Glam and the stage/screen have a symbiotic relationship.
While music and fashion are the fundemental arts of the idiom, theater and film have been the inspiration for, and have been inspired by Glam for ages. There are a handful of productions directly *about* Glam , but most of these productions simply embody the look, the sound, and/or the spirit of Glam. Like the idiom itself, they are all over the map -
high art to low art, musicals to dramas, epics to indies.
All of these flicks have some form of cult status, but they
range from mass-hysteria to obscure fetish
. Some have enormous web presences, others are only referenced by the fearfully resourceful Internet Movie Database (IMDB).
I would love to review every single play/film listed here, but for sanity's sake, I've only commented on my absolute favorites. However,
being a bigger filmwhore than I am a glamwhore
(heavens!) I will give you my opinion on any item listed here at the proverbial drop of the hat.
A cult phenomenon, and really,
the only fictional film *about* Glam ever made. Whether you love it or hate it, something about this film just permeates and radiates. Probobly the single biggest factor in the resurgence of the idiom, though it took us a while to come around...
If you've seen the film, look here for my *constructive* criticism.
Velvet Goldmine tells the story of the troubled relationship between self-invented glam superstar Brian Slade (Johnathan Rhys-Meyers) and deviant cult rocker Curt Wild (Ewan McGregor).
Yes kids, VG *is* a slash fanfiction rendering of David Bowie and Iggy Pop.
The story is presented in a Citizen Kane framework by Arthur (Christian Bale), a young journalist in the 80s looking back at his own coming of age during the explosive 70s.
But as is said about many visionary films, the plot, in itself, hardly matters. It's a hackneyed phrase, but VG was the ever-brilliant Todd Haynes' love-letter to an era. The film threads in an inexplicable, campy mysticism -
like all else in glam, it has moments that transcend the pervasive irony and dwell in pure beauty. Themes from Oscar Wilde merge with the postmodern ideologies on constructions vs. "nature" and all the other shite I ramble on about in posture. The wall-to-wall music in VG comes from soundtrack-as-score, and also from the actors performing as their characters. As you've seen in other areas of this site, VG's music is simply
some of the best Glam ever conconcted.
The film definitely has it's faults, but the scintillating energy is simply overpowering. Like the Motherage itself, all the glaring miscalculations fall away when you take a step back and pose it. Above all, you are left with a
perfect veneer of atmosphere, that intimates something deeper, and that's really the whole point, isn't it
A cult phenomenon, and
the only play and soon-to-be-film relaying the curious life and times of a German transexual wanna-be Glam Star ever made. And if nothing else can recommend it, though everything else can,Hedwig and the Angry Inch serves up genuine, explosive, tear-it-up glam rock, as opposed to the usual alien hybrid we've come to know and love as rock opera.
The musical has left NYC and is currently touring the world. Though everyone chatters on about the genderfucks, merged characters, and fantasmagoric costuming, the real icing on the big slab of bittersweet German Chocolate cake that is Hedwig's story is the the
complete removal of the fourth wall. .
In Hedwig, the audience plays the role of the audience coming to see the band. And very much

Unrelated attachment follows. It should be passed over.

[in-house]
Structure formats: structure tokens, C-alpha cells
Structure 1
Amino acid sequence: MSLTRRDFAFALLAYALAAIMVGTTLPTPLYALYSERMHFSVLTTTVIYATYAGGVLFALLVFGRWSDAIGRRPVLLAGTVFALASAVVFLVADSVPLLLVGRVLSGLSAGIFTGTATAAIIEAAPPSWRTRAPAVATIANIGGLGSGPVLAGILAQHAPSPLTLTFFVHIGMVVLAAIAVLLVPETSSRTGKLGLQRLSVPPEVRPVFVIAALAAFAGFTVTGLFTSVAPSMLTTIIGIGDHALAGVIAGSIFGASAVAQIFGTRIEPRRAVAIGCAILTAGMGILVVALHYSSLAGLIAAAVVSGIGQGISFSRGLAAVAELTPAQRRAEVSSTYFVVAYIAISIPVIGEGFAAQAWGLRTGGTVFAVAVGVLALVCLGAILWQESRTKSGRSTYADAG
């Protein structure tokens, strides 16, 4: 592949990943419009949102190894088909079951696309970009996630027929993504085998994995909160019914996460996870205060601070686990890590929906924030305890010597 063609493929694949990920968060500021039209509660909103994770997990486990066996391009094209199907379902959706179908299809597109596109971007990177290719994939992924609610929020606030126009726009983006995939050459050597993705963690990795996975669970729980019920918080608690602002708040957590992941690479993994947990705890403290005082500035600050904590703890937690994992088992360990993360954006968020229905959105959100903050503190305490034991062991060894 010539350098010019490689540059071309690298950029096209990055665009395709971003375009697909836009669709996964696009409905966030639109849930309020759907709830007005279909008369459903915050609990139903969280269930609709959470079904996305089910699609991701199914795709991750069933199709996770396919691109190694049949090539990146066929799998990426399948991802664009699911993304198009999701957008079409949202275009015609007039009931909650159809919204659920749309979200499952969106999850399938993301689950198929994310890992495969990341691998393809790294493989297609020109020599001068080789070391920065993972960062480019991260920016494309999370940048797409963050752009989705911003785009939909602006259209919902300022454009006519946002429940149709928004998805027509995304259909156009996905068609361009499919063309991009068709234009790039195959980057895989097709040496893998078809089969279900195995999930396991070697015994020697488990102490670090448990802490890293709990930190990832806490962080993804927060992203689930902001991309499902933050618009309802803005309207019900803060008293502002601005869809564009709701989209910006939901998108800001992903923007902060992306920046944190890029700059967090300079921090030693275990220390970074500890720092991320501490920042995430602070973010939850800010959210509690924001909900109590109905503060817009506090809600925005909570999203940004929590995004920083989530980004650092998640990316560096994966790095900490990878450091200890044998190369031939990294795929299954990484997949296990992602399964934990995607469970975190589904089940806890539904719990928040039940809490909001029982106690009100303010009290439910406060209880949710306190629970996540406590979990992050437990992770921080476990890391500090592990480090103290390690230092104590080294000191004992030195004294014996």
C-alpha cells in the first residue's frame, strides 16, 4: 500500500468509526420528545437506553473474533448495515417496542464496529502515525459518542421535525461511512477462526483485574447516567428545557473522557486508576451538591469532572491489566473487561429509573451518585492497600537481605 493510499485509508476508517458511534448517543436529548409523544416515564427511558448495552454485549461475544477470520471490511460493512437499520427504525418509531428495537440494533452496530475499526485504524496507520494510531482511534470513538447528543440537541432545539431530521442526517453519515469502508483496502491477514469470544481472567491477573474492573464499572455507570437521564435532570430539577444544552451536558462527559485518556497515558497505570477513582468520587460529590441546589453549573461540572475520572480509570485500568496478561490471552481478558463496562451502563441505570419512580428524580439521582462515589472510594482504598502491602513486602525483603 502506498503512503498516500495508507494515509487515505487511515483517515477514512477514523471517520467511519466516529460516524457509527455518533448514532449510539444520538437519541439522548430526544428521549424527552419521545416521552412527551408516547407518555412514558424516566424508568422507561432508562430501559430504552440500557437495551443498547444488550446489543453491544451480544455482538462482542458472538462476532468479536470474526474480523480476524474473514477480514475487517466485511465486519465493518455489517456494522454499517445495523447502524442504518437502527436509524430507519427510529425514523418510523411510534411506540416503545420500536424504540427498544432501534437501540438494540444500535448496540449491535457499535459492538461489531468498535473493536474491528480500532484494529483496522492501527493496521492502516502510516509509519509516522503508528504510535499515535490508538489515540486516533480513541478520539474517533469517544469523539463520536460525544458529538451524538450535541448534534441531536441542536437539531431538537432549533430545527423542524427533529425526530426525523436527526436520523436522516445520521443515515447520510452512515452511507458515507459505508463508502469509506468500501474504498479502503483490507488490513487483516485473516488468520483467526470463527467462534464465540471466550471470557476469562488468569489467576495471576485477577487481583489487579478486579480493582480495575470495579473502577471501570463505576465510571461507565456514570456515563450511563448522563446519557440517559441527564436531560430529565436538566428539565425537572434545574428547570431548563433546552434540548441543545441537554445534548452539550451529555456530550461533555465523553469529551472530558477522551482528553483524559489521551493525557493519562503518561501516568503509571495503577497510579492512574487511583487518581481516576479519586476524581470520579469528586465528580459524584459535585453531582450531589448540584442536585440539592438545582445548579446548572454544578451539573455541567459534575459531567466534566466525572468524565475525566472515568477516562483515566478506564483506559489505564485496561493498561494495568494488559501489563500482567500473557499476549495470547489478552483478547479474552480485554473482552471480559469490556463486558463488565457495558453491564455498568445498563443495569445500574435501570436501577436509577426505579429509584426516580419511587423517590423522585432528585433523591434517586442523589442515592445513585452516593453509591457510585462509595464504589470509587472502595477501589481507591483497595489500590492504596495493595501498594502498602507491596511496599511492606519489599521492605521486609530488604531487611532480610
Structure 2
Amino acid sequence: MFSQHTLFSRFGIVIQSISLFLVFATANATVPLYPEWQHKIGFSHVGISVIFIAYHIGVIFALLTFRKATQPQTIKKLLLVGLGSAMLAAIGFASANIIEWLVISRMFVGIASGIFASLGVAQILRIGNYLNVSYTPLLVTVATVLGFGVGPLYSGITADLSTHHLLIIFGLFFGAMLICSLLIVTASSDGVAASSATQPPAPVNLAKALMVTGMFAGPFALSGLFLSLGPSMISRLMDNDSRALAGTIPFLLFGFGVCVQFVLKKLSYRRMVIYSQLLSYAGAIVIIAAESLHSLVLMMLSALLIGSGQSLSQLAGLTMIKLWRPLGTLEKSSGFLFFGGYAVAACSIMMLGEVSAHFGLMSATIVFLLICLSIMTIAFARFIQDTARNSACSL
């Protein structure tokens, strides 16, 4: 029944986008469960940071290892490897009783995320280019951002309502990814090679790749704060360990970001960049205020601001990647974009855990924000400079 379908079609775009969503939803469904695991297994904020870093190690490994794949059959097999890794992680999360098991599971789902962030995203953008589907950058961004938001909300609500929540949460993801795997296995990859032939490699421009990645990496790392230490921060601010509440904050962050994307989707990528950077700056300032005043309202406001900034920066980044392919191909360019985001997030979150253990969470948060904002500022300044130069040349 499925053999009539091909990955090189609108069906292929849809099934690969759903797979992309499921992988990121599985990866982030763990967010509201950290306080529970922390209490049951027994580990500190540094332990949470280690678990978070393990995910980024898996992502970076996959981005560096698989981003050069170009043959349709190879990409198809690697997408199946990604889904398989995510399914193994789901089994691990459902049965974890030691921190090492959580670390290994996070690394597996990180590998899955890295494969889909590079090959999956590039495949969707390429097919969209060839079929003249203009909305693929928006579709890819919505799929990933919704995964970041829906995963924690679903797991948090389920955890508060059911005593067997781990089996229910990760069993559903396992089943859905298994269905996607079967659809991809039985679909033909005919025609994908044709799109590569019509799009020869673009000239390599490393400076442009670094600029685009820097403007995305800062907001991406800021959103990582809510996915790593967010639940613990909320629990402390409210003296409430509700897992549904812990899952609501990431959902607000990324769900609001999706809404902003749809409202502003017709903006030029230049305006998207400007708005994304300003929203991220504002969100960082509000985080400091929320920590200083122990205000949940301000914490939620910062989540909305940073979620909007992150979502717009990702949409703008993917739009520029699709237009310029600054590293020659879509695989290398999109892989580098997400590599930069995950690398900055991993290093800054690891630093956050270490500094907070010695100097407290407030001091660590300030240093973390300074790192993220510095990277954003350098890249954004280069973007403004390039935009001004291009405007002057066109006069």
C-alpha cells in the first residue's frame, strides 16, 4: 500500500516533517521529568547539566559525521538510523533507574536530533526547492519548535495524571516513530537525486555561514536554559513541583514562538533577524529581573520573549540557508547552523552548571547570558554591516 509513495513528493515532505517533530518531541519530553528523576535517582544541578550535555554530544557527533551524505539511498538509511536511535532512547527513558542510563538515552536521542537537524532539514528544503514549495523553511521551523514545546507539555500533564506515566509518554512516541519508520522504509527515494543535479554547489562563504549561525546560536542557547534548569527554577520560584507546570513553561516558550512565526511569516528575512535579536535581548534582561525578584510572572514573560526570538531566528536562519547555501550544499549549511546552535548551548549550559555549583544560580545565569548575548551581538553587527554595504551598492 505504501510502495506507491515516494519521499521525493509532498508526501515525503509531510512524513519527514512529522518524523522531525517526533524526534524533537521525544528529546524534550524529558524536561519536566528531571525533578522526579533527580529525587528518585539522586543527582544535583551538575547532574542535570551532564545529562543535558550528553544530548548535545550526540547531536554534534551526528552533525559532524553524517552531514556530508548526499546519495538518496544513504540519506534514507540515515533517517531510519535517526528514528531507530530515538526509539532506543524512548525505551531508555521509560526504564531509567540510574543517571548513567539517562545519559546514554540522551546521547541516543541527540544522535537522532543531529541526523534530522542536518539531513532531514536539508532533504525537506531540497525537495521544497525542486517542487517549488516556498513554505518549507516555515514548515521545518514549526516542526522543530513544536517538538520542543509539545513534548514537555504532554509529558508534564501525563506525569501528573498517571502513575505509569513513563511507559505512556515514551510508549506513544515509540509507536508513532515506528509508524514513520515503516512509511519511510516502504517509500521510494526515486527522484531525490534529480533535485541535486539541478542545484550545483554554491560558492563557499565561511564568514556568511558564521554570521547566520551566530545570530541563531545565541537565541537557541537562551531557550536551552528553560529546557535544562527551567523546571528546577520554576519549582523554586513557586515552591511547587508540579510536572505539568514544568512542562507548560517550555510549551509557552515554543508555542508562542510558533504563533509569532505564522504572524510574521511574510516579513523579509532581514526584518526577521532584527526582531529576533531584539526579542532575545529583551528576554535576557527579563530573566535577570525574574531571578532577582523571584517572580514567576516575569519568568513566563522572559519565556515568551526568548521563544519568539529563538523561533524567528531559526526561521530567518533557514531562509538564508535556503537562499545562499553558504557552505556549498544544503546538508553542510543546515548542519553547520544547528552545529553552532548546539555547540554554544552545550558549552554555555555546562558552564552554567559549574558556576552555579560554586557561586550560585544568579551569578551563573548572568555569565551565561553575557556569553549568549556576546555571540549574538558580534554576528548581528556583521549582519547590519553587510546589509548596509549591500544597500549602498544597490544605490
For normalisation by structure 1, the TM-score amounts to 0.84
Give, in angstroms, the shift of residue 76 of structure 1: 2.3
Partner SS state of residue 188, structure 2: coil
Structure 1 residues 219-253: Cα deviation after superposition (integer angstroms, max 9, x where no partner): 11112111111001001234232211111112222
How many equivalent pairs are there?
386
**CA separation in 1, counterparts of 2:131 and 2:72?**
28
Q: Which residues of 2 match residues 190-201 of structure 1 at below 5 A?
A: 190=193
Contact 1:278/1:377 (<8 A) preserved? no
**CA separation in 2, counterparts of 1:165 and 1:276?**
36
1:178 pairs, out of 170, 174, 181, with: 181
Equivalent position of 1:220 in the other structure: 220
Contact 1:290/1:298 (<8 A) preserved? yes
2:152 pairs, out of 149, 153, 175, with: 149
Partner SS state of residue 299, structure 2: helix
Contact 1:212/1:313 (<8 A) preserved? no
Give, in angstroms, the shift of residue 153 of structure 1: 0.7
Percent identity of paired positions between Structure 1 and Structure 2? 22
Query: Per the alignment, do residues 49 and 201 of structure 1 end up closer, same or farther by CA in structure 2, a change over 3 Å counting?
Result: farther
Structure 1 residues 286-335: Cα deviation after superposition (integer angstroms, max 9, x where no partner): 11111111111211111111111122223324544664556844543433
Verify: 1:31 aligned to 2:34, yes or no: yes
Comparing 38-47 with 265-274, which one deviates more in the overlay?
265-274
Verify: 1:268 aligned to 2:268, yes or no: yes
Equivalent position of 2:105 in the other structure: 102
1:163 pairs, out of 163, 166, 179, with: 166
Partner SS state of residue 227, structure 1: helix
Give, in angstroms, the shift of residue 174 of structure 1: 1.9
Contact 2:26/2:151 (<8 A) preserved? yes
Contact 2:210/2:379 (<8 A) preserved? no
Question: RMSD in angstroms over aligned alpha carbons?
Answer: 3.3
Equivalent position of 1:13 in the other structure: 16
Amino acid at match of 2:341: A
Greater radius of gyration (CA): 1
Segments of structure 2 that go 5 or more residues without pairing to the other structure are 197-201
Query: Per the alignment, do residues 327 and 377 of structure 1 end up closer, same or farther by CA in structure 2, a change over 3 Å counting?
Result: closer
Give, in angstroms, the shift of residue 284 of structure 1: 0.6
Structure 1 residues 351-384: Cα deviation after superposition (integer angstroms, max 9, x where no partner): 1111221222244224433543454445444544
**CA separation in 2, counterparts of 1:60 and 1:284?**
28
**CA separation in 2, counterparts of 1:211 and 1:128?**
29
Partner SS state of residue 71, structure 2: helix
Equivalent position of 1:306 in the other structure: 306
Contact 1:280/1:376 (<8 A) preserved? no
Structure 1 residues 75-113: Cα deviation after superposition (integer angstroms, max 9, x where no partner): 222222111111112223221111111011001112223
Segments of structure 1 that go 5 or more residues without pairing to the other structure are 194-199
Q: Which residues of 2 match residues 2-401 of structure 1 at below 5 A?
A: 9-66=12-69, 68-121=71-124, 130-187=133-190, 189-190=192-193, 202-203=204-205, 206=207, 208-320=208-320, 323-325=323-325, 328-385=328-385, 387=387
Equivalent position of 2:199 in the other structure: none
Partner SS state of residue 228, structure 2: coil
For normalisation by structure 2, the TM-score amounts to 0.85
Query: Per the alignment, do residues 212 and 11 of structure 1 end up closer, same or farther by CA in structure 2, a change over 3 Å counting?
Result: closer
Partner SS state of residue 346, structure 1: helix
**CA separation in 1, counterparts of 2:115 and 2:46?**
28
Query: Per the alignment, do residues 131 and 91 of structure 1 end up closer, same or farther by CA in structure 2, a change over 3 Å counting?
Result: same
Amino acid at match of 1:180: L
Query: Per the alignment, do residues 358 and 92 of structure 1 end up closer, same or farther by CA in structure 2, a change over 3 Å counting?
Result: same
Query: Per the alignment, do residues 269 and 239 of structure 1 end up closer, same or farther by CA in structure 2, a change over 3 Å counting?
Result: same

like Ziggy Stardust (one of Hedwig's earliest influences) the history is invented, but the moment is real.
Hedwig relays her life to us through the most "natural" between-songs banter, like a VH1 Storytellers session - only perfectly crafted, raucous, terribly poignant, and infinitely witty. Only in the final spectacular moments of the show does the confected reality melt down, leaving the audience licking it's lips, and coming back for more. Again, and again, and again...
The film version - release date undisclosed - takes the form of a Spinal Tap-esque
rockumentary as Hedwig takes it on the road. Perhaps it will lose the immediacy and intimacy of the show, but the backstory will be brought to life, we'll see the present story from all angles, and perhaps, maybe, possibly, the rather complex love story will finally resolve itself?
We can't give anything away because we don't know!
A cult phenomenon, and the only good movie Mick Jagger was ever a part of.
Nicholas Roeg created three legendary films in his career - The Man Who Fell to Earth, Don't Look Now (a brilliant, shocking thriller with Julie Christie and Donald Sutherland), and Performance, his directing debut after a reknown career as cinematographer.
Performance is a cult film,, but with a very small, rather erudite following. It's one of those Movies of Importance your filmschool friends feel superior for recognizing. It's also
one of the strangest, most exhilirating, most titillating, and most confounding films ever made.
Performance was created at the literal end of the 60s, 1970, and represents the death and deconstruction of the Swinging 60s in London. The film focuses on two seemingly opposing underground scenes : the
vicious criminal underworld, and the deviant bohemian counterculture. Our protagonist, Chas (played brilliantly by James Fox) is a thug hitman for a powerful crime syndicate. We follow him as he performs his job with quite ingenious artistry, and perhaps too much personal enjoyment. He ends up killing someone he shouldn't have, and goes on the lamb.
Chas winds up taking a room in the house of young retired rock god Turner-
played with absolutely indescribable sexual magnetism by Mick Jagger
, looking more beautiful than is humanly possible. Turner, who feels he has lost the violent energy that founded his music, is transfixed with Chas's exuding evil, and he and his lovers (the androgynous Lucy, and the scene-stealing Pherber, played brilliantly by Anita Pallenberg) pull Chas deeper and deeper into identity crisis, decadance and debauchery. The ending of the film is shocking, totally inexplicable, and absolutely perfect.
Now, unlike most movies that attempted to be "psychadelic", Performance is NOT CAMPY! The atmosphere here is dark and intense, psychological and psychotropic, with delicious sexual experimentation and genderplay that must have truly shocked the audience at its original release. Performance is widely regarded as the film that most literally appropriates the experience of being on drugs. Roeg's signature cinematography has been liberally pinched by every "hip" director in the world, yet his work still manages to be disorienting and provocative. And to top it all off, the film features what is likely the first "music video" ever made, for the song "Memo from Turner, you will know it when you see it.